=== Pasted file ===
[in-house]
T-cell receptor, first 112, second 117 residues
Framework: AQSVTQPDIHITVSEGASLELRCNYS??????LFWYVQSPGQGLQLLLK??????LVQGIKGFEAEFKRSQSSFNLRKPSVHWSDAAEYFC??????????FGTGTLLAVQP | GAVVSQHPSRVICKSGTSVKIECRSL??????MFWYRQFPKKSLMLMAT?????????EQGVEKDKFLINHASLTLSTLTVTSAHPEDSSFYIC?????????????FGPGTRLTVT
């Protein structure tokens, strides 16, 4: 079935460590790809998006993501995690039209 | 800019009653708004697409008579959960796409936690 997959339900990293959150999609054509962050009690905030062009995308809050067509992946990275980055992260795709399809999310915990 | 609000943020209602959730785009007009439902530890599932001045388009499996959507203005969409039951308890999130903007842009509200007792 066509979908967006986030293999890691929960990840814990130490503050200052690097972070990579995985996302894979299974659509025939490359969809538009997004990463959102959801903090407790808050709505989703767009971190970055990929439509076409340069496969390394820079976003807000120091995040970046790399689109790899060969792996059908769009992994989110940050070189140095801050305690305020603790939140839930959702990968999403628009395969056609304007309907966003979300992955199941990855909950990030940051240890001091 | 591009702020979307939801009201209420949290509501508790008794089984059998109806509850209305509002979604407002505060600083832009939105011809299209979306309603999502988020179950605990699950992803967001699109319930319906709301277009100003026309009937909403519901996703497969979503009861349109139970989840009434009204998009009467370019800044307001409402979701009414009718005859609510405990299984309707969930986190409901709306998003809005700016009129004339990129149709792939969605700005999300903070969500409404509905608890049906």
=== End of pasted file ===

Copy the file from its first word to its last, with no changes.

[in-house]
T-cell receptor, first 112, second 117 residues
Framework: AQSVTQPDIHITVSEGASLELRCNYS??????LFWYVQSPGQGLQLLLK??????LVQGIKGFEAEFKRSQSSFNLRKPSVHWSDAAEYFC??????????FGTGTLLAVQP | GAVVSQHPSRVICKSGTSVKIECRSL??????MFWYRQFPKKSLMLMAT?????????EQGVEKDKFLINHASLTLSTLTVTSAHPEDSSFYIC?????????????FGPGTRLTVT
């Protein structure tokens, strides 16, 4: 079935460590790809998006993501995690039209 | 800019009653708004697409008579959960796409936690 997959339900990293959150999609054509962050009690905030062009995308809050067509992946990275980055992260795709399809999310915990 | 609000943020209602959730785009007009439902530890599932001045388009499996959507203005969409039951308890999130903007842009509200007792 066509979908967006986030293999890691929960990840814990130490503050200052690097972070990579995985996302894979299974659509025939490359969809538009997004990463959102959801903090407790808050709505989703767009971190970055990929439509076409340069496969390394820079976003807000120091995040970046790399689109790899060969792996059908769009992994989110940050070189140095801050305690305020603790939140839930959702990968999403628009395969056609304007309907966003979300992955199941990855909950990030940051240890001091 | 591009702020979307939801009201209420949290509501508790008794089984059998109806509850209305509002979604407002505060600083832009939105011809299209979306309603999502988020179950605990699950992803967001699109319930319906709301277009100003026309009937909403519901996703497969979503009861349109139970989840009434009204998009009467370019800044307001409402979701009414009718005859609510405990299984309707969930986190409901709306998003809005700016009129004339990129149709792939969605700005999300903070969500409404509905608890049906």